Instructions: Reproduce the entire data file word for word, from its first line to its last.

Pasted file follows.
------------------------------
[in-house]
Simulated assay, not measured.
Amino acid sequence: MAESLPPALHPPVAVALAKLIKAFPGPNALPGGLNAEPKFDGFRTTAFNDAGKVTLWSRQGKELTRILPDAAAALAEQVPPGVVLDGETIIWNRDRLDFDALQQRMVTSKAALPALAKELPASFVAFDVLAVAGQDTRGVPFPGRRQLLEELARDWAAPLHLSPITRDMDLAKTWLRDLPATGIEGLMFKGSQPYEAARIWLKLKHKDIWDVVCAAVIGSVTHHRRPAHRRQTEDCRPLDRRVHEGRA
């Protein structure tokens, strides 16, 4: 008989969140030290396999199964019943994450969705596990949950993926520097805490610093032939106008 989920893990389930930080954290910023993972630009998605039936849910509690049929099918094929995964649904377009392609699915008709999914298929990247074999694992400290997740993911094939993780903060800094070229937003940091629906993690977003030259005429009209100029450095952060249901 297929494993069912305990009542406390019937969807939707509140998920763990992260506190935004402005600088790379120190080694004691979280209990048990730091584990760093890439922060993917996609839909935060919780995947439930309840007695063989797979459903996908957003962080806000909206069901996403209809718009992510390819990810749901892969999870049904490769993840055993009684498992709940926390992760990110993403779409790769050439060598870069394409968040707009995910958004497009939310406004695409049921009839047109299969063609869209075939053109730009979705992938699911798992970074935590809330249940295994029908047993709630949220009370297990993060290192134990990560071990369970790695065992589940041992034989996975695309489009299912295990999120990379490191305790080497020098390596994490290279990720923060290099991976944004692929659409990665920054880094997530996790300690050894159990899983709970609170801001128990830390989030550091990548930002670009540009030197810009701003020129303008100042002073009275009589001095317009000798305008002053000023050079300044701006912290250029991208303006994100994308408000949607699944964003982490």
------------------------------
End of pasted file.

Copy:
[in-house]
Simulated assay, not measured.
Amino acid sequence: MAESLPPALHPPVAVALAKLIKAFPGPNALPGGLNAEPKFDGFRTTAFNDAGKVTLWSRQGKELTRILPDAAAALAEQVPPGVVLDGETIIWNRDRLDFDALQQRMVTSKAALPALAKELPASFVAFDVLAVAGQDTRGVPFPGRRQLLEELARDWAAPLHLSPITRDMDLAKTWLRDLPATGIEGLMFKGSQPYEAARIWLKLKHKDIWDVVCAAVIGSVTHHRRPAHRRQTEDCRPLDRRVHEGRA
């Protein structure tokens, strides 16, 4: 008989969140030290396999199964019943994450969705596990949950993926520097805490610093032939106008 989920893990389930930080954290910023993972630009998605039936849910509690049929099918094929995964649904377009392609699915008709999914298929990247074999694992400290997740993911094939993780903060800094070229937003940091629906993690977003030259005429009209100029450095952060249901 297929494993069912305990009542406390019937969807939707509140998920763990992260506190935004402005600088790379120190080694004691979280209990048990730091584990760093890439922060993917996609839909935060919780995947439930309840007695063989797979459903996908957003962080806000909206069901996403209809718009992510390819990810749901892969999870049904490769993840055993009684498992709940926390992760990110993403779409790769050439060598870069394409968040707009995910958004497009939310406004695409049921009839047109299969063609869209075939053109730009979705992938699911798992970074935590809330249940295994029908047993709630949220009370297990993060290192134990990560071990369970790695065992589940041992034989996975695309489009299912295990999120990379490191305790080497020098390596994490290279990720923060290099991976944004692929659409990665920054880094997530996790300690050894159990899983709970609170801001128990830390989030550091990548930002670009540009030197810009701003020129303008100042002073009275009589001095317009000798305008002053000023050079300044701006912290250029991208303006994100994308408000949607699944964003982490």